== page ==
Owing to the s-type character of the Bloch wavefunction, the hyperfine interaction of the conduction band electrons is isotropic (the Fermi contact interaction) and is described by a single hyperfine constant A, positive (A>0) for most III–V semiconductors and proportional to the electron density at the nucleus. In contrast, for valence-band holes the contact interaction vanishes owing to the symmetry properties of the wavefunction, and the non-local dipole–dipole interaction dominates10,11,13,14,15. As a result, the sign, magnitude and anisotropy of the hyperfine interaction depend on the actual form of the valence-band Bloch wavefunction, which is usually not available with sufficient precision. Thus, predicting the properties of the hole hyperfine coupling using first-principle calculations remains a difficult task.

In this work we perform direct measurements of the hyperfine constants that describe the hole hyperfine interaction with nuclear spins polarized along the growth axis of the structure (that is, the diagonal elements of the hole hyperfine Hamiltonian). This is achieved by simultaneous and independent detection of the electron and hole Overhauser shifts using high-resolution photoluminescence spectroscopy of neutral quantum dots. In contrast to previous work9, we now also apply excitation with a radiofrequency oscillating magnetic field, which allows isotope-selective probing of the valence-band hole hyperfine interaction16. Using this technique we find that in all studied materials, cations (gallium, indium) have a negative hole hyperfine constant, whereas it is positive for anions (phosphorus, arsenic), a result attributed to the previously disregarded contribution of the cationic d-shells into the valence-band Bloch wavefunctions.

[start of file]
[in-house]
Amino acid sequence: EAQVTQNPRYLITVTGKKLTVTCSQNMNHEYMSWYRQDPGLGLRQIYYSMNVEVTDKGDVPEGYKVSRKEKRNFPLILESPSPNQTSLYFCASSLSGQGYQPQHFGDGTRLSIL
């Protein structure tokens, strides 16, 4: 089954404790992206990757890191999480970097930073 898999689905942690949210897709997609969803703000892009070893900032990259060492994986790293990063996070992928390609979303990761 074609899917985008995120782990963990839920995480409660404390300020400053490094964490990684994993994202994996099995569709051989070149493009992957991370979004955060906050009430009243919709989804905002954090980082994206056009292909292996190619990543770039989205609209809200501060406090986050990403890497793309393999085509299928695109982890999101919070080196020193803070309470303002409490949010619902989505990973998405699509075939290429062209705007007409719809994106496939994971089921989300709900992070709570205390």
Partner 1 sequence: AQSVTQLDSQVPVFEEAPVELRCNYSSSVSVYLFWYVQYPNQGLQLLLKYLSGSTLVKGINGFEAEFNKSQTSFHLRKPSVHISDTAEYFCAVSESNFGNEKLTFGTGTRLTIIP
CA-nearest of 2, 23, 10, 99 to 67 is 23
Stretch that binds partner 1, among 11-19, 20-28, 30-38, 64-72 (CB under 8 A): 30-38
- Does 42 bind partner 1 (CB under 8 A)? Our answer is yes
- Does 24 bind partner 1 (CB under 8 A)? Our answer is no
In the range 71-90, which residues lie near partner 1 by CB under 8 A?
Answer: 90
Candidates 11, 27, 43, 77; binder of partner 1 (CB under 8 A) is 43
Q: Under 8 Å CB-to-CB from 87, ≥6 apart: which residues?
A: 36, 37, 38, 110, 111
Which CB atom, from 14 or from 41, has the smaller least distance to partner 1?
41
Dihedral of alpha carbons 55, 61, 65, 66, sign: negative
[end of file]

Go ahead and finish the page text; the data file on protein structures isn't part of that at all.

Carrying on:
Using the experimentally measured diagonal components of the hyperfine Hamiltonian (hole hyperfine constants) we calculate its non-diagonal part. We show that the admixture of the d-shells has a major effect on the symmetry of the hyperfine Hamiltonian in quantum dots: unlike pure heavy holes constructed only of p-symmetry shells for which the hyperfine interaction has an Ising form11, the d-shell contribution results in non-zero non-diagonal elements of the hyperfine Hamiltonian. We predict this to be a major source of heavy-hole spin decoherence.

Our experiments rely on detection of photoluminescence of both bright and dark neutral excitons9,17,18,19 formed by electrons ↑(↓) with spin ±1/2 and heavy holes with momentum ±3/2 parallel (antiparallel) to the growth axis O z (Fig. 1a). As the quantum dots contain of the order of 105 nuclei, non-zero average nuclear spin polarization of the kth isotope 〈Izk〉 along the O z axis can be treated as an additional magnetic field acting on the electron and hole spins. The coupling strength of the electron to the nuclear spins of isotope k is described by the hyperfine constant Ak. The additional energy of the exciton state with electron spin ↑(↓) is equal to +(1/2)ΔEek (−(1/2)ΔEek), where the electron hyperfine shift induced by the kth isotope is defined as

with ρk describing the relative concentration of the kth isotope. For the heavy-hole states the hyperfine interaction is described using a constant Ck expressed in terms of the normalized heavy-hole hyperfine constant γk as Ck = γkAk. The variation of the energy of the exciton with hole spin is +(1/2)ΔEhk (−(1/2)ΔEhk), where the hole hyperfine shift is